He opens the gate into the yard of one of the homes, walks a pathway between garden areas overgrown with weeds. The front door is unlocked and he pushes it open.

Light in the lounge room is dim, though a television set is turned on and flickers away in a corner. There is no sound from the television but its colours fall across the room and light up the remains of food on plates on the floor, wads of paper, empty cartons and cans, animal excrement on bare floorboards.

A woman is seated in the room. Her head lolls down over a shoulder. Her eyes are open though – slitted and glazed. One arm dangles beside her, the other, fist clenched, is thrust into her lap. He picks his way across the floor, stands beside her, watches her for a while. Her body and limbs are long but very thin. He reaches across and uses two fingers of his left hand to check her neck for a pulse as the lady from the Department of Community Services has taught him. He feels a weak beat. He turns to look for a time at the television screen and sees a woman on a dais crying at the fact of her Olympic success, watches as the station cuts away to show restaurants with tiled walls, crowds in a stadium, boats in a harbour. He has learned at school that the Olympics are being held in some city called Barcelona. He wonders how long they will continue – they've dominated the television for what seems to him to have been a very long time.

He turns back to the woman. ‘Mum,' he says, but the woman's eyes don't move. ‘Mum, Is there anything to eat?'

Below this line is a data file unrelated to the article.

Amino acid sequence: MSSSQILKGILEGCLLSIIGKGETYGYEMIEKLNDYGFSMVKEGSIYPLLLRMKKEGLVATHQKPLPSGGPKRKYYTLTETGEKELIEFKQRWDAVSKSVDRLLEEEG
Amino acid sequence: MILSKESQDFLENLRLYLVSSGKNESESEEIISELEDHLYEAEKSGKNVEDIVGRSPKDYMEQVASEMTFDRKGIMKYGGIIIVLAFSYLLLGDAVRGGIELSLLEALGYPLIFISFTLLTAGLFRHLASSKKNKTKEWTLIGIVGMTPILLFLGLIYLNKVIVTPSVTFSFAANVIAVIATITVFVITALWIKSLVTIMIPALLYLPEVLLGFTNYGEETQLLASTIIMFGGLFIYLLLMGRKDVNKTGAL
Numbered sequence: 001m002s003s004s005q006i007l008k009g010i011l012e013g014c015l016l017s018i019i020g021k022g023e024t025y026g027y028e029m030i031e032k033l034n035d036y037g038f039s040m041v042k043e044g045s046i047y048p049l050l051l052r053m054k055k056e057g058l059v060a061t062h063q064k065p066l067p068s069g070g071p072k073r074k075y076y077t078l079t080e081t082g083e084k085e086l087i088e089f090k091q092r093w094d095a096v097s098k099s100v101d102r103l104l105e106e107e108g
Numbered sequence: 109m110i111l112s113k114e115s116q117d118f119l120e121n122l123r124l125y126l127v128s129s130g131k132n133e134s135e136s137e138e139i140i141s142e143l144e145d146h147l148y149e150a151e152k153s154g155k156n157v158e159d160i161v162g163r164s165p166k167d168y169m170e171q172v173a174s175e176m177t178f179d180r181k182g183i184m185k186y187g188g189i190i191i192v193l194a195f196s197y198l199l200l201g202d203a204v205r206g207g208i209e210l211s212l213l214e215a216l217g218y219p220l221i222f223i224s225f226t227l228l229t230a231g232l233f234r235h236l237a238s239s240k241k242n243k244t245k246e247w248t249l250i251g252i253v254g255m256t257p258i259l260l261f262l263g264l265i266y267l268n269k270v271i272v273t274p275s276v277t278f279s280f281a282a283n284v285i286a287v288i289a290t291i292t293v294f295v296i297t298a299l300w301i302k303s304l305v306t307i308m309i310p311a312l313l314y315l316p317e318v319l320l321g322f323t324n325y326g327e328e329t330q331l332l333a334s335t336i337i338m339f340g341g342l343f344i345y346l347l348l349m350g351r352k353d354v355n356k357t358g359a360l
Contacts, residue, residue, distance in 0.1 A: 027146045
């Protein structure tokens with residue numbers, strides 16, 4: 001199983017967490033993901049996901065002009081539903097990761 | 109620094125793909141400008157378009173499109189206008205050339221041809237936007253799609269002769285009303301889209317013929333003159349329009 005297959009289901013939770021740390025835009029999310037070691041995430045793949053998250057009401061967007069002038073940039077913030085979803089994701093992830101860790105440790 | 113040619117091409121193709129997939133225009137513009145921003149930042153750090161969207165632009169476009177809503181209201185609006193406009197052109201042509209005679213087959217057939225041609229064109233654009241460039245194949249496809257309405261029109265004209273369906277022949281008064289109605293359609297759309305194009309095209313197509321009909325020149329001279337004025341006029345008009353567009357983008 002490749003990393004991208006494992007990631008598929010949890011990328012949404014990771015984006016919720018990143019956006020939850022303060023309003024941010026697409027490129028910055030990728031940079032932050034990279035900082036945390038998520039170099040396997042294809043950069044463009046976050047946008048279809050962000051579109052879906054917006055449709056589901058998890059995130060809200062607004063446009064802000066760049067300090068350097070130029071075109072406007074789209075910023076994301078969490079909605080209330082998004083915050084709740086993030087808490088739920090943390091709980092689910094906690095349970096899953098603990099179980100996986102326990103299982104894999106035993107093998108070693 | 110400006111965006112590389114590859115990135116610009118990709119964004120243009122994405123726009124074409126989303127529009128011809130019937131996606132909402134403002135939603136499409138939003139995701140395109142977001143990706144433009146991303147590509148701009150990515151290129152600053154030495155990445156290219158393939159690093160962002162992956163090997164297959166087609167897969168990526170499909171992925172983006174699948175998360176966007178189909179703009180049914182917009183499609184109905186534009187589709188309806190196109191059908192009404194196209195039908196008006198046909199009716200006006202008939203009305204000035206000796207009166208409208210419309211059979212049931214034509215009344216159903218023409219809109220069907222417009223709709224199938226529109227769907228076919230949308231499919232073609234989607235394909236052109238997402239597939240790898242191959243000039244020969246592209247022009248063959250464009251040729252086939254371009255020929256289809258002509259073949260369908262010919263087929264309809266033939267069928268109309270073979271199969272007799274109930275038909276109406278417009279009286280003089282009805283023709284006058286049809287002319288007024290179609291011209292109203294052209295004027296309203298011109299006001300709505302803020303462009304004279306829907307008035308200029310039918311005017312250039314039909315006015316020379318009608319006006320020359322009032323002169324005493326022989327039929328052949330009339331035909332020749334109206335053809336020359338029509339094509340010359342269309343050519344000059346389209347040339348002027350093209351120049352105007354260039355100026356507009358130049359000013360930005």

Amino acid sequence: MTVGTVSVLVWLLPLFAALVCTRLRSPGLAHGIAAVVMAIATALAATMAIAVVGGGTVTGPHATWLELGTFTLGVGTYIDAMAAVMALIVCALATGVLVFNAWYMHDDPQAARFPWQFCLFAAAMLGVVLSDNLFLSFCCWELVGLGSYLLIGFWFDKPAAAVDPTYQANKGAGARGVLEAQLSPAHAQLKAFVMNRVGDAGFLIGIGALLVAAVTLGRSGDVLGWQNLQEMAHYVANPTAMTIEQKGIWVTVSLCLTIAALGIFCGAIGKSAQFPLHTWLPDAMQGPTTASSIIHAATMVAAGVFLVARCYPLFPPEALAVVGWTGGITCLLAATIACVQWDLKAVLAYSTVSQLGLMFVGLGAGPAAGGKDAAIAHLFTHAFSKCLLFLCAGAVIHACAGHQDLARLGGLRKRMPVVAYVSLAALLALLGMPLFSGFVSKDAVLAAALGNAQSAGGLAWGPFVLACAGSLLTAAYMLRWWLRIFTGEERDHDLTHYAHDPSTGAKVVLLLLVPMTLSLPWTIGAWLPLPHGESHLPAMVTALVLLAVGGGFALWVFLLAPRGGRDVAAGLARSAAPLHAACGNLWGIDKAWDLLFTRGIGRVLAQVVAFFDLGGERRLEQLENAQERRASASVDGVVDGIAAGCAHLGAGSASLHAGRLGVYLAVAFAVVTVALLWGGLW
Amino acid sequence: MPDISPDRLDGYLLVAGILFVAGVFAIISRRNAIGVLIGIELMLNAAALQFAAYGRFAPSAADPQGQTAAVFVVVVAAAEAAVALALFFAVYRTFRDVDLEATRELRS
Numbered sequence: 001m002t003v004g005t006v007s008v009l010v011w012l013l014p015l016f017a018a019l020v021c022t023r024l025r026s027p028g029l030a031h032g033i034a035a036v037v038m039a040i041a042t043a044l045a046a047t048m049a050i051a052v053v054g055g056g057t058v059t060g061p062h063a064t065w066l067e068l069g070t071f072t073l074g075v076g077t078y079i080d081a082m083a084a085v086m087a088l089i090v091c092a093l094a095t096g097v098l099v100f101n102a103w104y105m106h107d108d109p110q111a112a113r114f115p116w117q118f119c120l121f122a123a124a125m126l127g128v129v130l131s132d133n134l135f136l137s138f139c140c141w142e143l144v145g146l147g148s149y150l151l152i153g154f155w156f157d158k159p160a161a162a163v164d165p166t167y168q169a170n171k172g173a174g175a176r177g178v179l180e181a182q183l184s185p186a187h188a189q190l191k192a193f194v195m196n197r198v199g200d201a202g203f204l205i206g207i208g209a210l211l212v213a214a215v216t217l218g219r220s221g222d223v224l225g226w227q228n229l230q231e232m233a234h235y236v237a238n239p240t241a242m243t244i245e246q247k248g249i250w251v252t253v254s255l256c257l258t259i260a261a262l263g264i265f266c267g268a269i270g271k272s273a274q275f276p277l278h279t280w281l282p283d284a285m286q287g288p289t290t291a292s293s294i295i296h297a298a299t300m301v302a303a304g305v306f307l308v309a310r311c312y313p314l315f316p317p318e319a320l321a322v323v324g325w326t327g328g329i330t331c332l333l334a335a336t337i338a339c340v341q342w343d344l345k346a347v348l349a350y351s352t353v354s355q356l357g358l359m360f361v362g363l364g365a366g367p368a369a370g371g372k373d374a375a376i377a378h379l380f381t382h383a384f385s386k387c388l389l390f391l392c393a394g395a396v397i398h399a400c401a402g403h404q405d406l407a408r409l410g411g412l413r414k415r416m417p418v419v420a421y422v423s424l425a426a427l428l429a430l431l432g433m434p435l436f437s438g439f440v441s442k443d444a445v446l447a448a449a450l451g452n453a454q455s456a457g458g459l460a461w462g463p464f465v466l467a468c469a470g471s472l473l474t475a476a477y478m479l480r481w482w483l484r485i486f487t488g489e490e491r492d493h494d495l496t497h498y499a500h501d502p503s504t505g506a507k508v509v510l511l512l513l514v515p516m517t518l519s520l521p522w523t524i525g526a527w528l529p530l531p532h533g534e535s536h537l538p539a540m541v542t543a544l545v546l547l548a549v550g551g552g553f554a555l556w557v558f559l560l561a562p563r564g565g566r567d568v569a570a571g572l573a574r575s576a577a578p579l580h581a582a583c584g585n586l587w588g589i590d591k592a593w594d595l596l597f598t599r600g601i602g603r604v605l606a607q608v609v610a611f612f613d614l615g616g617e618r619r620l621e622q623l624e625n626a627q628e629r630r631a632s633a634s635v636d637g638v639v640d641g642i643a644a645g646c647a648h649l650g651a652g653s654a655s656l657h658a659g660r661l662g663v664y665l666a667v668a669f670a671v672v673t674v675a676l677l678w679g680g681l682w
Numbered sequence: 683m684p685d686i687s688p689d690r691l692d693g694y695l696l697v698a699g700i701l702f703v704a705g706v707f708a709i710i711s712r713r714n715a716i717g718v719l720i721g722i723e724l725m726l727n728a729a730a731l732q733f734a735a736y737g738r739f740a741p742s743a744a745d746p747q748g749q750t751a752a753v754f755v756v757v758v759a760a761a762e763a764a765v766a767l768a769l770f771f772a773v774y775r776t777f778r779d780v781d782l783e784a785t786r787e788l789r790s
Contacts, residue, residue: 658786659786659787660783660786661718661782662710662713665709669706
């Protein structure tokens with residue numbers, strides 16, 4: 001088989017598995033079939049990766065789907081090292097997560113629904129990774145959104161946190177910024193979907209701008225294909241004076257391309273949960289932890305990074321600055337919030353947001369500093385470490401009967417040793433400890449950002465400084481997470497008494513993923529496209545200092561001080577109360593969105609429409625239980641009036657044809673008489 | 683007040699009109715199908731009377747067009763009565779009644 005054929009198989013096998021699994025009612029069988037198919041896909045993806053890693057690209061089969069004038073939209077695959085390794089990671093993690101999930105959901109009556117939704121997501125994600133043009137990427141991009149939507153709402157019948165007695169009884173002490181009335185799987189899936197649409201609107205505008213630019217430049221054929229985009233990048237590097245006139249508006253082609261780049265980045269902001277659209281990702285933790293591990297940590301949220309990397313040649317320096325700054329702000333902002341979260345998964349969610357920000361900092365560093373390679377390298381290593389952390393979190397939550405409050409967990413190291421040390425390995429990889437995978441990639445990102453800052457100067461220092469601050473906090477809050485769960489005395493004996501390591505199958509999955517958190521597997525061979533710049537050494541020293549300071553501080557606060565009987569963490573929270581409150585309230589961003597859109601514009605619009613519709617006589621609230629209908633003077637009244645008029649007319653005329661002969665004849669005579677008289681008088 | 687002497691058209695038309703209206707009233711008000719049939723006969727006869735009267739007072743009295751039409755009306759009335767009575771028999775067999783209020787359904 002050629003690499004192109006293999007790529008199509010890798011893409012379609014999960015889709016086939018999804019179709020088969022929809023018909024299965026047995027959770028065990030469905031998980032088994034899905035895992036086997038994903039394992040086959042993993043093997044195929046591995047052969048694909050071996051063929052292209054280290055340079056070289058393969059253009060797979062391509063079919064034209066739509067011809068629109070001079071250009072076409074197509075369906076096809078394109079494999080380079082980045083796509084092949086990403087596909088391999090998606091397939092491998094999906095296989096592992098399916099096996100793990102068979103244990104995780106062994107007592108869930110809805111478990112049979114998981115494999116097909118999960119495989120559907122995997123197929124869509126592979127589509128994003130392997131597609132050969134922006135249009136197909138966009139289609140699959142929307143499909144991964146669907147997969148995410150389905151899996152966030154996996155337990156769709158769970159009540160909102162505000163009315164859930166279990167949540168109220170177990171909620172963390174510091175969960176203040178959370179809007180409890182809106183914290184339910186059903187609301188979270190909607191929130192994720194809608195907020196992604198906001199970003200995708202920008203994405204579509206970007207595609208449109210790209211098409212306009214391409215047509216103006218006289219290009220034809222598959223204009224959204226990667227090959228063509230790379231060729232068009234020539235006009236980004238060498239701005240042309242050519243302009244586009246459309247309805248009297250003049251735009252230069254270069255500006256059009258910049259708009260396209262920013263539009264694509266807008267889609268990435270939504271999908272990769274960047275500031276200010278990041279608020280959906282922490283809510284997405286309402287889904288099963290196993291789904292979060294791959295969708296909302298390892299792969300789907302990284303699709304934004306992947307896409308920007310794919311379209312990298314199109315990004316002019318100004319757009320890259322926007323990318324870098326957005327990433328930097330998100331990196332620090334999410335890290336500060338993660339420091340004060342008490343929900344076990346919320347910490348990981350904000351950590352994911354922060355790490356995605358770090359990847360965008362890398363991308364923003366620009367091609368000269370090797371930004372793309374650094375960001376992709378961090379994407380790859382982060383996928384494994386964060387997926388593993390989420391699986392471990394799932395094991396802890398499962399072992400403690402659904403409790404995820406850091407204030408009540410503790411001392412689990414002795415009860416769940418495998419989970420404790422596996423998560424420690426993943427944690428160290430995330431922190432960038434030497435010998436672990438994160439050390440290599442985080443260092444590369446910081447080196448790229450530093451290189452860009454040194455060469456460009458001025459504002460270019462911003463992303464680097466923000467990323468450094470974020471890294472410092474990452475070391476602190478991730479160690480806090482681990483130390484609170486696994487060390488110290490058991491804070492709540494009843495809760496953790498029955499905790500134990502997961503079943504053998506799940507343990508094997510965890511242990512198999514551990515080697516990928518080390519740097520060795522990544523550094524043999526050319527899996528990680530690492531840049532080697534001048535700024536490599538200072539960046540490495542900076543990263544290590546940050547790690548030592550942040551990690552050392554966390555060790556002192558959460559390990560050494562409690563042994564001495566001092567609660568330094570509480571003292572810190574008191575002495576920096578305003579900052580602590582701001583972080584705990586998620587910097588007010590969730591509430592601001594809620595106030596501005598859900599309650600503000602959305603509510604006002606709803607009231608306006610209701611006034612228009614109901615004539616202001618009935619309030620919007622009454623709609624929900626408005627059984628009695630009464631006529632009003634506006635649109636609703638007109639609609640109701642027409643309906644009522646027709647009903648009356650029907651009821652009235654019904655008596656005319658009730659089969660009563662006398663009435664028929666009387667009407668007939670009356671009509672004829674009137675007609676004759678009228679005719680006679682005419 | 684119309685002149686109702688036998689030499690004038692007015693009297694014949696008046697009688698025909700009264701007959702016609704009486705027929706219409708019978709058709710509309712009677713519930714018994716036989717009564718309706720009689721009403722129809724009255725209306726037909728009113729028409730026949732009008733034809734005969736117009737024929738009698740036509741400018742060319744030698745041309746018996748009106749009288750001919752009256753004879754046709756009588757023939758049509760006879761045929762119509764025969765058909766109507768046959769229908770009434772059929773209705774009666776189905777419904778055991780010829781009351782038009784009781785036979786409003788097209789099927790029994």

But he's seen her paraphernalia on the floor and knows that she won't be talking for a while. For a moment he wonders where she got the money and whether there's any of it left. Then he walks to the kitchen, opens the door of an old refrigerator. Inside is a tomato oozing a thick pus, a margarine container. He takes out a milk carton, sniffs the contents, wrinkles his nose, replaces it. He closes the door and, without looking at his mother again, he leaves the dwelling.

As he walks outside the garden fence there comes a cry, ‘
excited, exultant. When his head jerks around he sees a group of five young men, jeans, joggers, spray-jackets. At once he turns away from them and sprints desperately along the winding alleyway with strength given him by terror. At a break between buildings he heads west, north at another intersection, hearing behind him the swearing and abuse from his pursuers. He enters the mouth of a cul-de-sac then hurls himself at the fence of a burned-out derelict construction site, scampers over the broken ground of its courtyard, reaches an entrance to an area amidst its foundations, pushes back a sheet of fibro, crawls onto the damp earth under the building. He thrusts the fibro back into position and lies in total darkness, his shoulders against the brickwork, his heart leaping in his chest. He gasps from exertion and fear.

He listens. Beyond the slab-dark of his hiding place footsteps pound over bitumen. There's silence. His pursuers have stopped. He hears the fence shudder under the weight of someone jumping against it but he can't know whether he's clambered over or just dragged himself up for a look. He hears, ‘He's not in there,' the noise of someone falling back to the roadway, then the beat of feet again, the sound fading as they run away.

He lies in the blackness for what seems to him is a long time. When he thinks there's been enough of a lapse and there's no sound of a return he fumbles a cigarette lighter out of the pocket of his shorts, gropes to find a stub of candle where he's left it, lights the wick. Lit by the meagre flame he crawls between foundation pillars to where he's left two more substantial candles. These he lights, and in their glow he gazes at a picture, which he's glued to the brickwork. Satan smiles back at him, his lips thin, muscles stretched over his cheekbones, and in the countenance, as always, Piggy finds cruelty and command and power.